Thursday, December 14, 2017
 

The Keys to the Castle

Brought to you by:

http://www.aeisadvisors.com/

AEIS

(650) 348-6234
AdminDesk@AEISadvisors.com

The Keys to the Castle

When it comes to security, the more layers you have, and the better each layer is, the more successful you’ll be in deterring most thieves. However, no matter how good the security is on your home or car, if a thief really wants something, then he or she is going to do whatever it takes to get it.

But what if the thief is someone who is already trusted? For those who have teenage children, do you leave money on top of your dresser, keep the liquor cabinet unlocked, or provide easy access to the car keys? You might think, “my child would never break the rules because of the consequences.” And then, you get into a fight, or take away privileges, and all that goes out the window when the teenager, in a fit of rage and emotion, does the unthinkable. It’s the same with corporate cyber security.

The IT department in most companies has the “keys to the castle” and each IT employee needs to be trusted more than most because of the damage they can do. In an article titled “Is Your Company Protected From Insider Cyber Threats?” on the website of Workforce Magazine, it notes that, when it comes to data breaches, employees are often a company’s weakest link. Three types of employees are listed as the greatest threats to cyber security – negligent, disgruntled, and malicious.

A negligent employee can be anyone in any department who is ignorant or not trained in practicing good cyber security. A disgruntled employee can also be anyone, but is angry toward the company and is either apathetic about whether cyber damage occurs, or worse, actively attempts to cause damage. Finally, there’s the malicious employee. This is, by far, the most dangerous because their sole purpose is to steal.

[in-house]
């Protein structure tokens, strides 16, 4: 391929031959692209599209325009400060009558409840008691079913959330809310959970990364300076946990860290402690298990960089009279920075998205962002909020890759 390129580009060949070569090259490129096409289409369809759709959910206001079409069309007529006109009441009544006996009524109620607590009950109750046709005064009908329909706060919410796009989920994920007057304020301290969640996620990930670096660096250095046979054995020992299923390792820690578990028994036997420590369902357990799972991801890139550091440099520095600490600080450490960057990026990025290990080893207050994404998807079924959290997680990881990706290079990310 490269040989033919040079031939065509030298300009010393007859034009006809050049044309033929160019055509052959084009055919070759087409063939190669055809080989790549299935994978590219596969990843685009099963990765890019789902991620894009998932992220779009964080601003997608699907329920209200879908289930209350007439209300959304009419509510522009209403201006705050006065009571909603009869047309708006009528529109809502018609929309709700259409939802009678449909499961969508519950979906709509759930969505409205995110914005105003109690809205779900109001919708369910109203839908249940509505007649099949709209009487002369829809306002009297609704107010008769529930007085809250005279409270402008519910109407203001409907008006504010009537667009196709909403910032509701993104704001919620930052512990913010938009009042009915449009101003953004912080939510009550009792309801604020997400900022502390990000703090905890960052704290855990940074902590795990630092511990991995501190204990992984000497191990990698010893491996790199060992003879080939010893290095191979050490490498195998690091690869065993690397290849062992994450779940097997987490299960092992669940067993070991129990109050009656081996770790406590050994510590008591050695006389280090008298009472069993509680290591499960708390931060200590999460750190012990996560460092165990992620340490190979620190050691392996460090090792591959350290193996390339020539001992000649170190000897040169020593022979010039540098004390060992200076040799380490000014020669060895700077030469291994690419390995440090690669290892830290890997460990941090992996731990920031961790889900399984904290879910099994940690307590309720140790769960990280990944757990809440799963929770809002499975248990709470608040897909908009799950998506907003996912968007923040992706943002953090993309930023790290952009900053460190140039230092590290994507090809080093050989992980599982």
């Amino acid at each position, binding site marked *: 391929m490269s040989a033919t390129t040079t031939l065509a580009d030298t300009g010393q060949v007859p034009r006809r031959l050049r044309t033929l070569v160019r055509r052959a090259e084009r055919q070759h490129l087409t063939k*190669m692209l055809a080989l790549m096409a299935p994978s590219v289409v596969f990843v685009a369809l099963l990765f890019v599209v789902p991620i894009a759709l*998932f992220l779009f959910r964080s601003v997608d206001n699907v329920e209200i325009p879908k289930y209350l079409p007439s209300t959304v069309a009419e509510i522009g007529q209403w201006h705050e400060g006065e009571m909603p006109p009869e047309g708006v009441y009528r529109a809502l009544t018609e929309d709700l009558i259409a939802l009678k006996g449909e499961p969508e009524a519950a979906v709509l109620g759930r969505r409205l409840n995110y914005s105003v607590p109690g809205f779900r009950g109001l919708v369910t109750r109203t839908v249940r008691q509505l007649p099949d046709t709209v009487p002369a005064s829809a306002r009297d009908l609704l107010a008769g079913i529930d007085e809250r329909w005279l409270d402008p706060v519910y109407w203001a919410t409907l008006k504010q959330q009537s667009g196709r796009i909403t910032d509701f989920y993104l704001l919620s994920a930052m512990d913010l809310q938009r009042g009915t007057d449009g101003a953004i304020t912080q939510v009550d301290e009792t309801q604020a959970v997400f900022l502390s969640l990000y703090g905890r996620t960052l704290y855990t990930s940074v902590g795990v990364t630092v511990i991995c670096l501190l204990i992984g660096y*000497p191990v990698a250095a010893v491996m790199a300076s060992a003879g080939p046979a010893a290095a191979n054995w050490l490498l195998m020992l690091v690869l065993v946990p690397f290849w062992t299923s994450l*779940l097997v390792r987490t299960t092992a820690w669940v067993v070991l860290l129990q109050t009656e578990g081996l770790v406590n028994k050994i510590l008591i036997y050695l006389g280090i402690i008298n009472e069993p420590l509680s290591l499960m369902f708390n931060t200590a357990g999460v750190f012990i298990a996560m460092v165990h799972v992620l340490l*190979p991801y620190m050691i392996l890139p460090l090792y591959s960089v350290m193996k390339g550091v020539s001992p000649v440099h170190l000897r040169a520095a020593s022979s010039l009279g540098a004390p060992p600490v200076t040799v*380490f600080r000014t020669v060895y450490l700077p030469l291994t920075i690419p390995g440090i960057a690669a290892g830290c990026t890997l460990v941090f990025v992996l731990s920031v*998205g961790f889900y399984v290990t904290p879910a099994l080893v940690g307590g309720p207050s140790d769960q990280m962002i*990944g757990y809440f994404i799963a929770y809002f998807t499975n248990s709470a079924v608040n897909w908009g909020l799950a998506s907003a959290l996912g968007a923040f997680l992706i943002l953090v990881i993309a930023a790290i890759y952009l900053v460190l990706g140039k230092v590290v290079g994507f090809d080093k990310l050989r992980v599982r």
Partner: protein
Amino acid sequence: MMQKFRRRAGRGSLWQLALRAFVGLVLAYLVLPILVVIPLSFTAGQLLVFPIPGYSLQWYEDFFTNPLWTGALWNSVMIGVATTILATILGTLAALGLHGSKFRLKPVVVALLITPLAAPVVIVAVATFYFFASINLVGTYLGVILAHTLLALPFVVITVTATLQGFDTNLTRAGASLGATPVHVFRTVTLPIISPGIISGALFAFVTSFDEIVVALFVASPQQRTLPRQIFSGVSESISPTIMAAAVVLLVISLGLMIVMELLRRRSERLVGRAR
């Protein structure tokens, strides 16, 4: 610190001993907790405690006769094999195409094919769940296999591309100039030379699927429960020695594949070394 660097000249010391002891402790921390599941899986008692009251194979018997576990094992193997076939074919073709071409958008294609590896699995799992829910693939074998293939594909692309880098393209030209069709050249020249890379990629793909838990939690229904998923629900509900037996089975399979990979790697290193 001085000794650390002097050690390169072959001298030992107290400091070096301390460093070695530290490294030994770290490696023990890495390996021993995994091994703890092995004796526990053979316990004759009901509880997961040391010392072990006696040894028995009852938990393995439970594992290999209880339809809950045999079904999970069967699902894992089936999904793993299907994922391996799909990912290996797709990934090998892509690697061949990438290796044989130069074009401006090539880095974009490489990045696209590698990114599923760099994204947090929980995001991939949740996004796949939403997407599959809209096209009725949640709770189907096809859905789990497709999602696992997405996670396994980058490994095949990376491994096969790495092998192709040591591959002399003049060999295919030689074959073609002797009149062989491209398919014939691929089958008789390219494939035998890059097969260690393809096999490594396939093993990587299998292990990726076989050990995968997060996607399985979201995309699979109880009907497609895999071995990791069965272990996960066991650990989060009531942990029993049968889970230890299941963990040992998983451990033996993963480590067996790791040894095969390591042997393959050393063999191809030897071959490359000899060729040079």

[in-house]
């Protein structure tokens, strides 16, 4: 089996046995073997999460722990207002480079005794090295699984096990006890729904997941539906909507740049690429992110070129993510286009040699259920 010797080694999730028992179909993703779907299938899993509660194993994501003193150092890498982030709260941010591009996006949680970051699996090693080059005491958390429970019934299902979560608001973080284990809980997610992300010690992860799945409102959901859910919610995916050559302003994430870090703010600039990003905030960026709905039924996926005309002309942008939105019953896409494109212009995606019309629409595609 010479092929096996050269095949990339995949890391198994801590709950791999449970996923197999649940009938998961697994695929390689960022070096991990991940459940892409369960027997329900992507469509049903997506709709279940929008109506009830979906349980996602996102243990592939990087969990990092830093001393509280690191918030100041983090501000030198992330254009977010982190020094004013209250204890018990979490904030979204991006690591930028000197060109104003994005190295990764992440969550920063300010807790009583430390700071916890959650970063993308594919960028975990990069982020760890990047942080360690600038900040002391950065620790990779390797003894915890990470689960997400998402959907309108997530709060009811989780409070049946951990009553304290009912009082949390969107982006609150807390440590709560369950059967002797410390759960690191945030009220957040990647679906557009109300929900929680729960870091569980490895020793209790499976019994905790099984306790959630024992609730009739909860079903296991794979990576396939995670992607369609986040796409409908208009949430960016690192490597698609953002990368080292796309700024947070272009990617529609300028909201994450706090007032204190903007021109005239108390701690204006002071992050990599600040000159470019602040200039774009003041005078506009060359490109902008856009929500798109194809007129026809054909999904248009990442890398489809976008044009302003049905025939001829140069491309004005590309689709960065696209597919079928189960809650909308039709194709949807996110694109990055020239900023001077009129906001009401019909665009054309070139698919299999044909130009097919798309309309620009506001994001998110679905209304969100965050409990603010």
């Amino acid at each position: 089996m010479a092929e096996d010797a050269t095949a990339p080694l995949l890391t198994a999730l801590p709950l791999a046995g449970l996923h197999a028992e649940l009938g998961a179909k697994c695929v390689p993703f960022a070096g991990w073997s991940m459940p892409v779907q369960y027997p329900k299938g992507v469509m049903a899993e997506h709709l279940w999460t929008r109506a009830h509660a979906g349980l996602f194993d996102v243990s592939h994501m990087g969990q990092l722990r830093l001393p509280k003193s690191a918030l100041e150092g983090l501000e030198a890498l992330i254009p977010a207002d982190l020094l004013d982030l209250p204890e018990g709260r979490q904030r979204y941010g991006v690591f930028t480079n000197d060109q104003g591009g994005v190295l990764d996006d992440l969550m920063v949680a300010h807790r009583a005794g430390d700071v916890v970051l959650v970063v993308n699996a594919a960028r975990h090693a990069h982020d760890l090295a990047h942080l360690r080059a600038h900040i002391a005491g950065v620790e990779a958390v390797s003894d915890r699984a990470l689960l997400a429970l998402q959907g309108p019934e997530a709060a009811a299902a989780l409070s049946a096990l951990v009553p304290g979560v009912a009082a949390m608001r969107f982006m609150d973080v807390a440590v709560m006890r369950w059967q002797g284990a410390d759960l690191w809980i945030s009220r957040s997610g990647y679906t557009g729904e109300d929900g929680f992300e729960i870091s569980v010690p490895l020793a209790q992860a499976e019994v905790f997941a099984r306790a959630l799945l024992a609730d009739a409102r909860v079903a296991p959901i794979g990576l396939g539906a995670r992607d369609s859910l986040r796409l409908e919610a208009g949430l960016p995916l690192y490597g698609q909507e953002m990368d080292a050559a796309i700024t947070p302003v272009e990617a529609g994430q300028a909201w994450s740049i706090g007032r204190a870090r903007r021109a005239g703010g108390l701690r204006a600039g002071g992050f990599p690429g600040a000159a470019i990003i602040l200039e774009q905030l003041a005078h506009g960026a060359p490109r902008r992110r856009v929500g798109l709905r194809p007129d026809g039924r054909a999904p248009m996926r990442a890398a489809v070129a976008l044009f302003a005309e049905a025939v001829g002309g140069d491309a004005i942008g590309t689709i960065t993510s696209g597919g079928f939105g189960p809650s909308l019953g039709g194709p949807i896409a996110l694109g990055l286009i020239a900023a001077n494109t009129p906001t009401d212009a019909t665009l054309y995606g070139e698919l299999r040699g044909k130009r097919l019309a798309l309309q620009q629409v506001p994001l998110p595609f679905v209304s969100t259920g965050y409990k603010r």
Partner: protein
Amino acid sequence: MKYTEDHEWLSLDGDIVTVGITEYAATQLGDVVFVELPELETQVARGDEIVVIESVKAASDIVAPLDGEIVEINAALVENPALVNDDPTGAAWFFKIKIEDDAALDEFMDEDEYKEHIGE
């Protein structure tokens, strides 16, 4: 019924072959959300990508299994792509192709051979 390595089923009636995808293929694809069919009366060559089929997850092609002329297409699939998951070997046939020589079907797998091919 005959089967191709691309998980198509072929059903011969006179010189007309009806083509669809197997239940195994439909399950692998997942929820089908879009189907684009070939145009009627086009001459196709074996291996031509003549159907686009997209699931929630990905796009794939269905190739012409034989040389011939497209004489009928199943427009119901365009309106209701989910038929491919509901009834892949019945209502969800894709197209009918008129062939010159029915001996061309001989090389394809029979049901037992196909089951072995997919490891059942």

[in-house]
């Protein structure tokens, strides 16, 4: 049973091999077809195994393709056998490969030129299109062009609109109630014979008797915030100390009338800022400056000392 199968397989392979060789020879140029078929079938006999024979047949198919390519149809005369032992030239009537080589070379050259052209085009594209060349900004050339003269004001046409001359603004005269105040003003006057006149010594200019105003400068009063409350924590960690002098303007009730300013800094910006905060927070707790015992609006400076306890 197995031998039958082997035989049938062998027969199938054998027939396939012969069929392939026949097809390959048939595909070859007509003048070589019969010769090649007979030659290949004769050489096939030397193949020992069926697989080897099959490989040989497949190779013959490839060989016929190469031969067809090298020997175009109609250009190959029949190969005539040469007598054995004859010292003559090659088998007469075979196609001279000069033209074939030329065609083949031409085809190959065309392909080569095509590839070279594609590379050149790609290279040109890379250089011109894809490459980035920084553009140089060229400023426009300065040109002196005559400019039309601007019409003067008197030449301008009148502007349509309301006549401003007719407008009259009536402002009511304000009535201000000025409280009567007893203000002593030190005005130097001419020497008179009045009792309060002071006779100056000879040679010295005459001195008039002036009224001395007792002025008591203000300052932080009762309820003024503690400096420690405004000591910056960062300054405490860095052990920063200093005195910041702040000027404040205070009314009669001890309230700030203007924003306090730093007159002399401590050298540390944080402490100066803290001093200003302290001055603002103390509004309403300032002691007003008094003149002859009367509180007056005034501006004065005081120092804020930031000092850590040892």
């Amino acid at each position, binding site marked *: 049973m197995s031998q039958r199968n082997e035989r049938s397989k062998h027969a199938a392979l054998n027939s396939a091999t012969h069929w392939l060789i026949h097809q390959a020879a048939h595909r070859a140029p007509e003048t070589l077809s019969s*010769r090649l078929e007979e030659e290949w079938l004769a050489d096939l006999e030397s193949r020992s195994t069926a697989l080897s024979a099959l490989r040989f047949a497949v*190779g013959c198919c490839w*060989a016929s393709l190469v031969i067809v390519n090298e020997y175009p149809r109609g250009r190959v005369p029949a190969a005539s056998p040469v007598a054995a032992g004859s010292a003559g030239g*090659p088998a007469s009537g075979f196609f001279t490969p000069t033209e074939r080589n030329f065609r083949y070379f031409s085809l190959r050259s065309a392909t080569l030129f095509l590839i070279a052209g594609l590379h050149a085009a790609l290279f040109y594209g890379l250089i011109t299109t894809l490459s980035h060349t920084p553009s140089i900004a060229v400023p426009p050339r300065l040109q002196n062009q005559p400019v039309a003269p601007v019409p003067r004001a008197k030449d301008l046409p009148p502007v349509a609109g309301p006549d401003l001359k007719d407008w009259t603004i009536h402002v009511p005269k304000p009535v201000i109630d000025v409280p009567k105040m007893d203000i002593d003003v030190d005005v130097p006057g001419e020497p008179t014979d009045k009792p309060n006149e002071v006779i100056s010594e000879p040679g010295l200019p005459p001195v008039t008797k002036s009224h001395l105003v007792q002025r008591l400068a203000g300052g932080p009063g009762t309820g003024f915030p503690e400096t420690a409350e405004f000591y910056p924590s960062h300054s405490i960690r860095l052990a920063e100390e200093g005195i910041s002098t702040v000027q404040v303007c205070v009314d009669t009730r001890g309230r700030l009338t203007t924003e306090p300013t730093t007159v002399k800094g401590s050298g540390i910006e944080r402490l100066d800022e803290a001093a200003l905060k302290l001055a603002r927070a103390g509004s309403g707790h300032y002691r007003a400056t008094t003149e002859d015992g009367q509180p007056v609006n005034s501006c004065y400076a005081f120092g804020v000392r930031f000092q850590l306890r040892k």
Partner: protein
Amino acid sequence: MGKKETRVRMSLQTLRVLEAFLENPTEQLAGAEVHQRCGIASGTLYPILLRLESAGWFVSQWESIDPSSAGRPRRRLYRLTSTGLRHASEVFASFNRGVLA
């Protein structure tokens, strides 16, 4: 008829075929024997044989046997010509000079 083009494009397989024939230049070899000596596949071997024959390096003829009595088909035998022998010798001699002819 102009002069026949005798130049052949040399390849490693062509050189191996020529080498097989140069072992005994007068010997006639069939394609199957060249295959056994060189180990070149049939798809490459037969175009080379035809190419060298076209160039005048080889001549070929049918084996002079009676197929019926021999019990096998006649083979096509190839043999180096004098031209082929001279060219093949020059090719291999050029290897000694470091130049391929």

Whether an employee is recruited by an outside force to steal from the company where he or she works, or an employee intentionally gets a job with a company so that they can steal from them, makes no difference. The danger is that they do steal and it may not just be data. It could be equipment, prototypes, or anything the company would like to keep secret.

There are a few things companies can do to help prevent insider threats, but these measures can be expensive and possibly too costly for small businesses. High-risk employees should be monitored. High-risk examples would be senior-level executives, IT employees with access to everything, low-level employees who have been previously warned about cyber security negligence, and any employee who HR believes might become disgruntled. Another deterrent to theft is a thorough inventory of all hardware. The easy items are laptops and mobile devices, but don’t forget about USB or “thumb” drives and external hard drives. Finally, make sure you have a process in place to protect whistleblowers. The phrase, “if you see something, say something” doesn’t just apply to terrorism.

There will always be cyberattacks and data breaches. The question is how well a company is prepared in advance to stem these attacks and mitigate the damage if it happens.

Copyright © 2001-2012 United Benefit Advisors, LLC. All Rights Reserved Terms Of Use Privacy Statement